As a lifestyle strategist, I primarily attract clients who are fed up with the suffering that stems from conforming to others- based on their desire to belong, feel safe or loved.
One of the biggest fears that roots them in this state of conformity is that of being abandoned or shunned.
“I’m done” or “I’ve had enough” are often their battle cries.
I fully understand, having been there myself and having learned a few lessons along the way. When we speak those words fromthe heart, a shift begins. My mentor calls this the “in between” place…you’re no longer who you were, yet you don’t know who you’re becoming.
It feels as if we’ve stepped off the ledge, into the abyss. The “in between” is a scary place.
I felt like I would fall to my death there.
Now I see that fear stems from having to let go of something I wasn’t, just to fit in, just to feel safe, just to be loved. My brain was trained to do this and had become quite efficient. I was, like my clients, conforming to people who had limited beliefs themselves. They were desperately trying to control their lives, one challenge after another. Their victim archetype revelled in the drama because it gave them attention and sympathy, which was probably what they associated with love.
Each challenge was a wakeup call to love the parts of themselves they’d been hiding for so long, for the sake of conformity. They didn’t make the shift, though—they just stayed in their comfort zone.
Eventually, children were pulled into the drama and the cycles continued.
When I, like my clients, took up the battle cry and became willing to strive for authenticity, my brain began to fight my heart and soul. A highly skilled instrument of conformity, it was confused by my sudden change to take risk and be willing to go against the norm. So, it dutifully reminded me of my fear of not belonging, not being safe, not being loved. It tried to convince me that I would be all alone.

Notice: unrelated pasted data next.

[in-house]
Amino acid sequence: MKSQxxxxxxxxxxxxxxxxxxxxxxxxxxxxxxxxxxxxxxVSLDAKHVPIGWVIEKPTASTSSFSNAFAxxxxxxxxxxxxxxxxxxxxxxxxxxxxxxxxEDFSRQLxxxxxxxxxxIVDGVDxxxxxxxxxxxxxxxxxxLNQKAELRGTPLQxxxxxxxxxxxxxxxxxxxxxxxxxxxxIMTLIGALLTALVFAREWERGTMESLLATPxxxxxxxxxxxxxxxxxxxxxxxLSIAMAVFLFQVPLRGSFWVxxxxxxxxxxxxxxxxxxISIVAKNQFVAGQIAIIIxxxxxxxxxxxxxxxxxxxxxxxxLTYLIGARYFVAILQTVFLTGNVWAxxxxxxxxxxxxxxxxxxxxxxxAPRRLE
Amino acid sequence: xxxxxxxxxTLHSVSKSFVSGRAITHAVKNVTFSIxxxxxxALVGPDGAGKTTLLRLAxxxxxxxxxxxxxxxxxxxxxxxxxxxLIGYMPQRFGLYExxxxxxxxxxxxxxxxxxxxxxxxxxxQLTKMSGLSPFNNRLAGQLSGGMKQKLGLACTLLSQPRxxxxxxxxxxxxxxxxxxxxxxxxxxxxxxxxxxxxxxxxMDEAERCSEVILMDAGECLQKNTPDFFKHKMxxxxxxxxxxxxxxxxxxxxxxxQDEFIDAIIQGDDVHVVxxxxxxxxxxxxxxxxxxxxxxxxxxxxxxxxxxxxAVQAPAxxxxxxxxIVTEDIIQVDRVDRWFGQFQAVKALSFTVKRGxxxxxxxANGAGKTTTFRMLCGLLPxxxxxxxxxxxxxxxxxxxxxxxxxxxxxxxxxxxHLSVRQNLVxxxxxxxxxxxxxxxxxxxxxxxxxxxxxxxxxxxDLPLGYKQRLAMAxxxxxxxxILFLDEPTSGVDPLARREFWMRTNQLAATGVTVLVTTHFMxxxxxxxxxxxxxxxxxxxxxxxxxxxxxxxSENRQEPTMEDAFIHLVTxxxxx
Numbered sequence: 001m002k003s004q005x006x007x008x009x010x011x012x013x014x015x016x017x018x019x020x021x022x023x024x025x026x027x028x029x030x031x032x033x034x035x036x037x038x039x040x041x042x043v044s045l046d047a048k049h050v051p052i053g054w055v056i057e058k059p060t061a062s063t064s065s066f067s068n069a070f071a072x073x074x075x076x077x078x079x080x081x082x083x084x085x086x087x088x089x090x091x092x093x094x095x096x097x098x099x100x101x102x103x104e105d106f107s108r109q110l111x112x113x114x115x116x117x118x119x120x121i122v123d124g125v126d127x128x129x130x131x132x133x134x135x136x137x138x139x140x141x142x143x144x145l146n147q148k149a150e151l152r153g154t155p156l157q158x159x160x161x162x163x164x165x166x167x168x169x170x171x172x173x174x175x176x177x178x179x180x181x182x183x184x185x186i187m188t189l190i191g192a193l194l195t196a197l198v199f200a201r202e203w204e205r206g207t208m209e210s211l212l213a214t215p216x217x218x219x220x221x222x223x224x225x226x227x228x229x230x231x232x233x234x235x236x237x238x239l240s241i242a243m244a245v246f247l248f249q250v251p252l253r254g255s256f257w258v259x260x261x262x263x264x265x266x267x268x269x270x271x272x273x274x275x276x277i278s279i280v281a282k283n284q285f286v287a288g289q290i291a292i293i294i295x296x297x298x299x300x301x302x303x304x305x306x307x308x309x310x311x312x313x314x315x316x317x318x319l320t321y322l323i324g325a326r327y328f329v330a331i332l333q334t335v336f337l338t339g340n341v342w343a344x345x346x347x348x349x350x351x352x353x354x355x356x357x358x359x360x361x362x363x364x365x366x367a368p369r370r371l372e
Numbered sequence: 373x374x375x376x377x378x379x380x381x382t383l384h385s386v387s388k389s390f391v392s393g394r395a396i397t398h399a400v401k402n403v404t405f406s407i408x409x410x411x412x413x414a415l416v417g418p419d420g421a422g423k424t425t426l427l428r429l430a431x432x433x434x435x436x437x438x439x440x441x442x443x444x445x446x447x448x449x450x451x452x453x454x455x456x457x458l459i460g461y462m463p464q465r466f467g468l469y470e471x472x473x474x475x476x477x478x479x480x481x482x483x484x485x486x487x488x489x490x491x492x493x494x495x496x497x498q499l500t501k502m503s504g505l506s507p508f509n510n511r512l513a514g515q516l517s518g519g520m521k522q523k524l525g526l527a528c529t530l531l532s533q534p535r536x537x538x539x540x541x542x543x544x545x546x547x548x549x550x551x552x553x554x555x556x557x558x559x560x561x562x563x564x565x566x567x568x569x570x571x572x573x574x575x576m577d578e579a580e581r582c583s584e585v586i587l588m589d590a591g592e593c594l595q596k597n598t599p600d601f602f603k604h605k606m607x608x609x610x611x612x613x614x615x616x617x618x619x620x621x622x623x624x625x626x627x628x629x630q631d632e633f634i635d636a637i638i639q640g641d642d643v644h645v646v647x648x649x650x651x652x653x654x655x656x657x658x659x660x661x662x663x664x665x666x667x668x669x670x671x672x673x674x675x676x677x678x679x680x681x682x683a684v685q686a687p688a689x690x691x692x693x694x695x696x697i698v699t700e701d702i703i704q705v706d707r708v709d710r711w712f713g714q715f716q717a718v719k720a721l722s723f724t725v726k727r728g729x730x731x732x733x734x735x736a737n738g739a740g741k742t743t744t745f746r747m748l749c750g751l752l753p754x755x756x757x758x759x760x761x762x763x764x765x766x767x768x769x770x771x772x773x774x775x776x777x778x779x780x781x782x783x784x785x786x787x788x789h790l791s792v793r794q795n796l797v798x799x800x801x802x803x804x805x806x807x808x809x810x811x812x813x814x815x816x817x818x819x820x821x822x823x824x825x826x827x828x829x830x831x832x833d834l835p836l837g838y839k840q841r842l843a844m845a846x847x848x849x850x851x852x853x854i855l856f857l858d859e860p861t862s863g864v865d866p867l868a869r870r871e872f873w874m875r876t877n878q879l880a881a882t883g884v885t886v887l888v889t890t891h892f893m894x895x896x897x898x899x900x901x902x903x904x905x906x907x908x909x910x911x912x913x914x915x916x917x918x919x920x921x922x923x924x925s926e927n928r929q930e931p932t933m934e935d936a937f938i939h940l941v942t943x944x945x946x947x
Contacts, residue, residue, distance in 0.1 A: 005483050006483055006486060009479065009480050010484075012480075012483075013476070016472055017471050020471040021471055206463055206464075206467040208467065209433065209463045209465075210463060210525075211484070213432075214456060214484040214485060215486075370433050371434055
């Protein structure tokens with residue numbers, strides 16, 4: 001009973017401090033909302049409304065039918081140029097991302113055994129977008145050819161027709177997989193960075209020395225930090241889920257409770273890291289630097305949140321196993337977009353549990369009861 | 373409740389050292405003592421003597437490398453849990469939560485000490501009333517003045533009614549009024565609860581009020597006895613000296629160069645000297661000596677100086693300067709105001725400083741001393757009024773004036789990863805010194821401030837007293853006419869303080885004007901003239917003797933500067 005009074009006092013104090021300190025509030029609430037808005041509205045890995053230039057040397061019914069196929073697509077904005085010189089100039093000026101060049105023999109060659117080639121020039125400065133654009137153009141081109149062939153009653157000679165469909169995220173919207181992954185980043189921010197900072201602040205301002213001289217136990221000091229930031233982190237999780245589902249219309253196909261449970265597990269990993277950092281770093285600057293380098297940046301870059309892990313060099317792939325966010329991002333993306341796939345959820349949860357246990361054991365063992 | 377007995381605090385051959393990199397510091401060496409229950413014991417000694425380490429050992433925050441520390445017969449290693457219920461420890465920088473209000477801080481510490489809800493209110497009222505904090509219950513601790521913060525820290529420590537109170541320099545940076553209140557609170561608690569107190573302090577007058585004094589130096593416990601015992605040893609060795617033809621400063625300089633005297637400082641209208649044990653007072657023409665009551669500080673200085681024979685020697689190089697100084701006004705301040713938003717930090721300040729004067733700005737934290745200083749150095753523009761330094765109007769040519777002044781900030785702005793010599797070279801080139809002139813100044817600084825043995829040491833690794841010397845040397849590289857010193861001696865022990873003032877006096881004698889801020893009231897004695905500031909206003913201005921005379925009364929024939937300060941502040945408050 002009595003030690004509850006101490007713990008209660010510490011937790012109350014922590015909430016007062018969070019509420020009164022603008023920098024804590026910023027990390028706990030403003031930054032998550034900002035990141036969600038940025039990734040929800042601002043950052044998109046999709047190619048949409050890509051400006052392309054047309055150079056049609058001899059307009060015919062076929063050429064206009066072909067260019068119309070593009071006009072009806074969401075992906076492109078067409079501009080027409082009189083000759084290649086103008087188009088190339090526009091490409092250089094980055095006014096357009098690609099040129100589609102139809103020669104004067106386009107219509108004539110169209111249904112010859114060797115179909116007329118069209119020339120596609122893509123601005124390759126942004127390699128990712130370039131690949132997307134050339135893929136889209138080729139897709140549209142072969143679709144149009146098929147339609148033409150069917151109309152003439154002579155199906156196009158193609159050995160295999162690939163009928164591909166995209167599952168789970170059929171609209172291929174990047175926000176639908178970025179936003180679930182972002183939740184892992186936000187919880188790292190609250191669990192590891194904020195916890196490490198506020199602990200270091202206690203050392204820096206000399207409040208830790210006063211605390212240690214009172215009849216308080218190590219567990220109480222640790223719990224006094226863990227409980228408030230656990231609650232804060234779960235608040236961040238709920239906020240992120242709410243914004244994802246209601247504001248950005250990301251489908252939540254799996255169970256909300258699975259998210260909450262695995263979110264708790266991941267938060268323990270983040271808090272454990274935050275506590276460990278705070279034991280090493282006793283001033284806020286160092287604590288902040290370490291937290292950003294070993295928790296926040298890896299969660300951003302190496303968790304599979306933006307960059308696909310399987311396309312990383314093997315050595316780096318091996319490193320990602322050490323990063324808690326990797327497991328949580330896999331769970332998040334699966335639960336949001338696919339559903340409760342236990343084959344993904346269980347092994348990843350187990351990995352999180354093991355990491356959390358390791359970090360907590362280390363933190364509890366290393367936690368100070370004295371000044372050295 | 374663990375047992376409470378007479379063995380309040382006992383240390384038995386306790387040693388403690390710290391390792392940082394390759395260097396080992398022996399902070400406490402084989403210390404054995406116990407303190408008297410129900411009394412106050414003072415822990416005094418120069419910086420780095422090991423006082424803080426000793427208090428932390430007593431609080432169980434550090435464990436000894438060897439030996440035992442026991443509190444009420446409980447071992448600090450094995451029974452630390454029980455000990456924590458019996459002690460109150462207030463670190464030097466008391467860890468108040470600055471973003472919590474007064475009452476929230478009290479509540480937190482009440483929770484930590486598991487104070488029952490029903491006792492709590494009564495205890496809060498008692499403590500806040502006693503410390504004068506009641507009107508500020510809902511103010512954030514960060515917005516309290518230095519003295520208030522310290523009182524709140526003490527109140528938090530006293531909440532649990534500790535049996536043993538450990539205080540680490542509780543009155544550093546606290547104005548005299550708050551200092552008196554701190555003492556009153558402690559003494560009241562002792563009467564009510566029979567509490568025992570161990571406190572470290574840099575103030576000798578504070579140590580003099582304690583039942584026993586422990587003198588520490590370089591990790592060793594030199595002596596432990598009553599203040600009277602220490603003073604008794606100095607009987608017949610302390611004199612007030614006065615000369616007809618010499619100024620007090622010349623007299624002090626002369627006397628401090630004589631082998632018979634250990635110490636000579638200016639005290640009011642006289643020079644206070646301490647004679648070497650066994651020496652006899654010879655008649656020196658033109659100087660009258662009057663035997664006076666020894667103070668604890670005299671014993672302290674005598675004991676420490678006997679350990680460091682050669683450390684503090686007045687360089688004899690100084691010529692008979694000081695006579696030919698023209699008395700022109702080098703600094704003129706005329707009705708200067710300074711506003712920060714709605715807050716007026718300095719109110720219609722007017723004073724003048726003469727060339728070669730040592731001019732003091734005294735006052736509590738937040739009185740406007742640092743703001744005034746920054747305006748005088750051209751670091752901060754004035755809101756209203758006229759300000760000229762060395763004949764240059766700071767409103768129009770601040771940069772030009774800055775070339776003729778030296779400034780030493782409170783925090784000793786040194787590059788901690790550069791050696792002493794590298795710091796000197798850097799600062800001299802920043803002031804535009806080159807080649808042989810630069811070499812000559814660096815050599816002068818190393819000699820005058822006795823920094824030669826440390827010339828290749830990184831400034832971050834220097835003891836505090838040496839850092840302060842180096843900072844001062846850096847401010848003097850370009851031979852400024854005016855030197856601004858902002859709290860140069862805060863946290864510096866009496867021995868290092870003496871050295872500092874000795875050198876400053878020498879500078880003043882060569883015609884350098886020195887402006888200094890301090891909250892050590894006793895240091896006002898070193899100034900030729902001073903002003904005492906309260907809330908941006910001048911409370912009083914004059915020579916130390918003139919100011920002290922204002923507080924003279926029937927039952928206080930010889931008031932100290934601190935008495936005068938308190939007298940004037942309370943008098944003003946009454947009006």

It even attracted plenty of experiences to make me really question my decision and amplify my fears.
The more I stayed committed to my truth, the more the drama of the people I had tried to conform to became intolerable and insufferable. While I still loved them, I had to call “bullshit” on their victim-centered stories. I knew it was their choice if that was how they wanted to continue to live, but it wasn’t how I wanted to live. That was when my “in between” state ended.
For so long I had feared being alone, and that fear came true in a sense. When discovering I would no longer validate the drama, there was no controlling me. I had taken back my power. There was no longer common ground and they went to find someone who would validate them.
The space created by their departure began to fill with people who accepted the true me.
While the victim-based drama still infiltrated my relationship with the original people I loved, I stood my ground in my truth. I loved their essence and not their actions. This allowed me to shine a light on what was working in their lives, what power they had and were choosing to give away, which was often too much for their lizard brains to handle. They would disappear for a while, thinking this absence would manipulate me back into their illusion.
I no longer feared that punishment, though. I was free.
Now when I hear someone shout their battle cries, I know it’s just the beginning of a challenging journey for the person. There will be many opportunities to test the determined mindset and reintegrate the pieces that have been hiding for safe keeping. To do this requires an unwavering commitment to love; the parts of you in hiding and the parts that put them in hiding.
It takes courage and faith to step into your true self.
It is not an easy thing to do, which is why so few actually follow through once they say “I’m done.”
Staying true to yourself springboards us beyond the borders of our imagination into a radical freedom, an ease of living, a bountiful joy—and rich and rewarding relationships with people who provide an authentic safety, acceptance, and love.
That is worth the price of authenticity.
Author: Wendy Reese
Apprentice Editor: Peter Schaller / Editor: Renee Picard
Photo: Peter Schaller